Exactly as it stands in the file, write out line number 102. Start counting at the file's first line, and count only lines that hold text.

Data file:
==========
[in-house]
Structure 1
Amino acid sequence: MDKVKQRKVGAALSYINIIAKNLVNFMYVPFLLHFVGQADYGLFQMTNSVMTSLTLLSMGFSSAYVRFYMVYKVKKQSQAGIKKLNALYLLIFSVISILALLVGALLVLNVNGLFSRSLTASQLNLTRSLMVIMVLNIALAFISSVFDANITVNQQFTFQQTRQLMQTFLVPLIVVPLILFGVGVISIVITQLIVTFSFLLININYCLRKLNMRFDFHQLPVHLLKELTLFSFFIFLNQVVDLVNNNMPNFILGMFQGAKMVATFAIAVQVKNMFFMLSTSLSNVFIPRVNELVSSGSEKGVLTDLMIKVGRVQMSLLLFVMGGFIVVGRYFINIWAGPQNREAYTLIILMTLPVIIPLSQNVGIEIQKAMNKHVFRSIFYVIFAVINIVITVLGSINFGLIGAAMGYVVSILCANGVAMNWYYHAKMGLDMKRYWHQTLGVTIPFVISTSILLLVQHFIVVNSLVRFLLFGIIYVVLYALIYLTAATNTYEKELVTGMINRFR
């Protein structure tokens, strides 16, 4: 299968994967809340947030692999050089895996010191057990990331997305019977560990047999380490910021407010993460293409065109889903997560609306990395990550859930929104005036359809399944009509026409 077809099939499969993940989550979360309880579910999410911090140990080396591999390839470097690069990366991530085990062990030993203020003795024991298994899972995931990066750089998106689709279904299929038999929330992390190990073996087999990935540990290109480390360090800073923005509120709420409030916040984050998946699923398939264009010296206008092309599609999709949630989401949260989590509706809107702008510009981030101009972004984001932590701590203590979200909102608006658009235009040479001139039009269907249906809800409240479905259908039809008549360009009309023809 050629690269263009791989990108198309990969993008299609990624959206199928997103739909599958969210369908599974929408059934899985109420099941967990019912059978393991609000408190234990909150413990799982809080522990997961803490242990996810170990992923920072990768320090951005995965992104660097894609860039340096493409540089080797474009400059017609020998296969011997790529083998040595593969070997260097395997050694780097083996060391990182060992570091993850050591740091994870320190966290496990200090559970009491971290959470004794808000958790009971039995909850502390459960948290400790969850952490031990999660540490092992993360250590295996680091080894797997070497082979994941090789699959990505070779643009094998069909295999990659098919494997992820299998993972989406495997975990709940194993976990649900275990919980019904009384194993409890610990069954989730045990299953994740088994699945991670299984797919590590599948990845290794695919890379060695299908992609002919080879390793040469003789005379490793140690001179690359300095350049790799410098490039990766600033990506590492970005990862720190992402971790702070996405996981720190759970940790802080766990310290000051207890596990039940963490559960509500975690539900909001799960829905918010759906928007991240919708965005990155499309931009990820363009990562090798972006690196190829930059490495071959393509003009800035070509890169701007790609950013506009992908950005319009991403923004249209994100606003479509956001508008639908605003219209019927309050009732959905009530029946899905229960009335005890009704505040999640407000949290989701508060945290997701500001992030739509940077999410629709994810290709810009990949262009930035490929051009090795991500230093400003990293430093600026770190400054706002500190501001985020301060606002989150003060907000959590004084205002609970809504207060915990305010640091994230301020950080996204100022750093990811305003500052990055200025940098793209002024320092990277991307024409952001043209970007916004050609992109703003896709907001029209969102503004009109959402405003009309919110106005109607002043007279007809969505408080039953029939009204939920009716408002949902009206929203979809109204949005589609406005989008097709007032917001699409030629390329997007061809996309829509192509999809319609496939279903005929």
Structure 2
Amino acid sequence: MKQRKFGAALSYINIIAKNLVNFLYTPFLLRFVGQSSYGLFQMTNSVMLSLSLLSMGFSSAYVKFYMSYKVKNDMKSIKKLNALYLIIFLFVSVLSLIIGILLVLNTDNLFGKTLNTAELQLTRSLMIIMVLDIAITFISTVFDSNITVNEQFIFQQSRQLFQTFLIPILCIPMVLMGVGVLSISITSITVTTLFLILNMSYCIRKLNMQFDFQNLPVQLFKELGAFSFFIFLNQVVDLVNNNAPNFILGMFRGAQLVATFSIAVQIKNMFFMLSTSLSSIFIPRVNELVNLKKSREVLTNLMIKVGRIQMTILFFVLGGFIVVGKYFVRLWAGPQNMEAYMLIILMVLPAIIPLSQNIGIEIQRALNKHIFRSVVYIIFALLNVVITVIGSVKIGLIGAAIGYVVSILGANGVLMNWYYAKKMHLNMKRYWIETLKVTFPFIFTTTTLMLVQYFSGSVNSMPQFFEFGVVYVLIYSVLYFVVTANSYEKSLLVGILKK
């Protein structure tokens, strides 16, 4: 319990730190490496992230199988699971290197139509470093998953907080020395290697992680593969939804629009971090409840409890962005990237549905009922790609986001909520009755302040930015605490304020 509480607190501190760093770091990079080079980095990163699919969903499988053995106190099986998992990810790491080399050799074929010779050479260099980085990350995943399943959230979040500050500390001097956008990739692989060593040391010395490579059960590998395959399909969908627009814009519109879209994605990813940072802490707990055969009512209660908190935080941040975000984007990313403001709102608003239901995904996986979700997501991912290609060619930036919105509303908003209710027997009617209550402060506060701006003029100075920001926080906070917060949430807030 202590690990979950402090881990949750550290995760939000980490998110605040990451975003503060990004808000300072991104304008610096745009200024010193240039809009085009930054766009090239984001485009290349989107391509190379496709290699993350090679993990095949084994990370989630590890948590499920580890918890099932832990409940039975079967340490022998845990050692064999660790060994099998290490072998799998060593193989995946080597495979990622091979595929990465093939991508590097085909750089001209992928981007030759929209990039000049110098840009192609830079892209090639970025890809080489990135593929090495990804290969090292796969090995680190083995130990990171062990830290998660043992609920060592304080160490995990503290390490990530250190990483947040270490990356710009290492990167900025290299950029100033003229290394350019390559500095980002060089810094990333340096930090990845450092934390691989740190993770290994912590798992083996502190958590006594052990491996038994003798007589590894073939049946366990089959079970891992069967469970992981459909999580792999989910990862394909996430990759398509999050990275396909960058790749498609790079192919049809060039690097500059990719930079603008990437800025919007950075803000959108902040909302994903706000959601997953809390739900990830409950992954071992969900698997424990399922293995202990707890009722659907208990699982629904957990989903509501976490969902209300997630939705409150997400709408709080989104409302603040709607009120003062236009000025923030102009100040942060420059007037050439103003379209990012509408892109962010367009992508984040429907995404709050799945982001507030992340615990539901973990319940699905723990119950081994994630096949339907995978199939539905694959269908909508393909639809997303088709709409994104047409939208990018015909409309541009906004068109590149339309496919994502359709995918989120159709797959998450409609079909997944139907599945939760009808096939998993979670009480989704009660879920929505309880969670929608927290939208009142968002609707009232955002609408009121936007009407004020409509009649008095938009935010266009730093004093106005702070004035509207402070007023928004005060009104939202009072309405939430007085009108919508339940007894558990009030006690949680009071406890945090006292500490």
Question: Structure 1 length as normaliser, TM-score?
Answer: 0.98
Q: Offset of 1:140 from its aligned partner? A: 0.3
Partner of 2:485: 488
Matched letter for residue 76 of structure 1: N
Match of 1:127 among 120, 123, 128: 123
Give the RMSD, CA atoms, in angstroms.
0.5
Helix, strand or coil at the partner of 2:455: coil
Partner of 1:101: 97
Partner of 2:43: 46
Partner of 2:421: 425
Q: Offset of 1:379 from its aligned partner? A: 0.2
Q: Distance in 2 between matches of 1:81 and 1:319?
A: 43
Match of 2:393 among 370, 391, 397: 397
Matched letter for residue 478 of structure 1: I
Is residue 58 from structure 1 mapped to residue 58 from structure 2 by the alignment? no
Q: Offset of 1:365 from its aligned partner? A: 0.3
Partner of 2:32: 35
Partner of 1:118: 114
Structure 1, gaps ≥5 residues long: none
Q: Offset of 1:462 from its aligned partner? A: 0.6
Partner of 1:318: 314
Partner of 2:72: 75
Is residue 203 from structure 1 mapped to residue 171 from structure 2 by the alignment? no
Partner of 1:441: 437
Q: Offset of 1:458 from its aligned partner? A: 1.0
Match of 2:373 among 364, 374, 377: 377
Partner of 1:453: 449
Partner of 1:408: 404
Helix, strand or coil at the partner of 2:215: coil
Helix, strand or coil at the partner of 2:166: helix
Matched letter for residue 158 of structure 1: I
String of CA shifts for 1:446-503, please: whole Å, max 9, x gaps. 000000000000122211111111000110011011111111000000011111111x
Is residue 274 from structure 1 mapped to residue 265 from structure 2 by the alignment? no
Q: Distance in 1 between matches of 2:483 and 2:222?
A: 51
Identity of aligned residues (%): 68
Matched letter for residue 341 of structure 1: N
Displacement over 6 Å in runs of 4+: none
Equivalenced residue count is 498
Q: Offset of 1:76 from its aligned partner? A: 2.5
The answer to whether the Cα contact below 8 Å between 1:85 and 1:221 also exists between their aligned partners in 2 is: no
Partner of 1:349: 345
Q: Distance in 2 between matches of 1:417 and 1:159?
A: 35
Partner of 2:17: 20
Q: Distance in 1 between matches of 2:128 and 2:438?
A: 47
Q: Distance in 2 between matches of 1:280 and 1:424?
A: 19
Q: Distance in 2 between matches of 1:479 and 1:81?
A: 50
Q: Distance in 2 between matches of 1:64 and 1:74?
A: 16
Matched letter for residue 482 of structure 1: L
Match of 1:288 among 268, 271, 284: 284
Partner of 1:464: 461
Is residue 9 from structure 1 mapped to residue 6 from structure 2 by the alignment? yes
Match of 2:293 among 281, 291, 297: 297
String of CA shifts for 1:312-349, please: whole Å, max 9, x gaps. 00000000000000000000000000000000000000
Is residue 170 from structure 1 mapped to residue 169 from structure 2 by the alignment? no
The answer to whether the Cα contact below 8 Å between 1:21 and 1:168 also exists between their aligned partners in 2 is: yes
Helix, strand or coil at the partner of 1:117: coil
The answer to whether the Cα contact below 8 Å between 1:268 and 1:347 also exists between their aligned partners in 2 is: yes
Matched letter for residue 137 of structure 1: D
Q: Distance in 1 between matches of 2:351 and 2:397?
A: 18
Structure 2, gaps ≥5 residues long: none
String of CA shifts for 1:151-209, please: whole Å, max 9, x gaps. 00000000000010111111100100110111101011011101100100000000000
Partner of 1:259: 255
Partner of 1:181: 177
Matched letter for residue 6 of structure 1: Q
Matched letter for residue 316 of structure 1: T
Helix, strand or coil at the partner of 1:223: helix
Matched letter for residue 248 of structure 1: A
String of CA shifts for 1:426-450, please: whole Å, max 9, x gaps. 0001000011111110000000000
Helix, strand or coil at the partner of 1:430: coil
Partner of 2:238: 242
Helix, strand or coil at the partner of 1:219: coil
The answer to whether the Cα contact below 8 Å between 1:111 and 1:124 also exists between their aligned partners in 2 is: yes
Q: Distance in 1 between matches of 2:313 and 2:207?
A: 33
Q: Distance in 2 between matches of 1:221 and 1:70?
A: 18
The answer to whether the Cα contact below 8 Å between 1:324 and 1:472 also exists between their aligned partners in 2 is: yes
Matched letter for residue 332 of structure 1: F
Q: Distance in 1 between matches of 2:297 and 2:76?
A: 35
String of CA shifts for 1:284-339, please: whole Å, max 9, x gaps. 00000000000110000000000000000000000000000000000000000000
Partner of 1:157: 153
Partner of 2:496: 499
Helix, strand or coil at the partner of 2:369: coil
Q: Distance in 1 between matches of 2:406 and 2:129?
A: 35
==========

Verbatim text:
Q: Distance in 1 between matches of 2:406 and 2:129?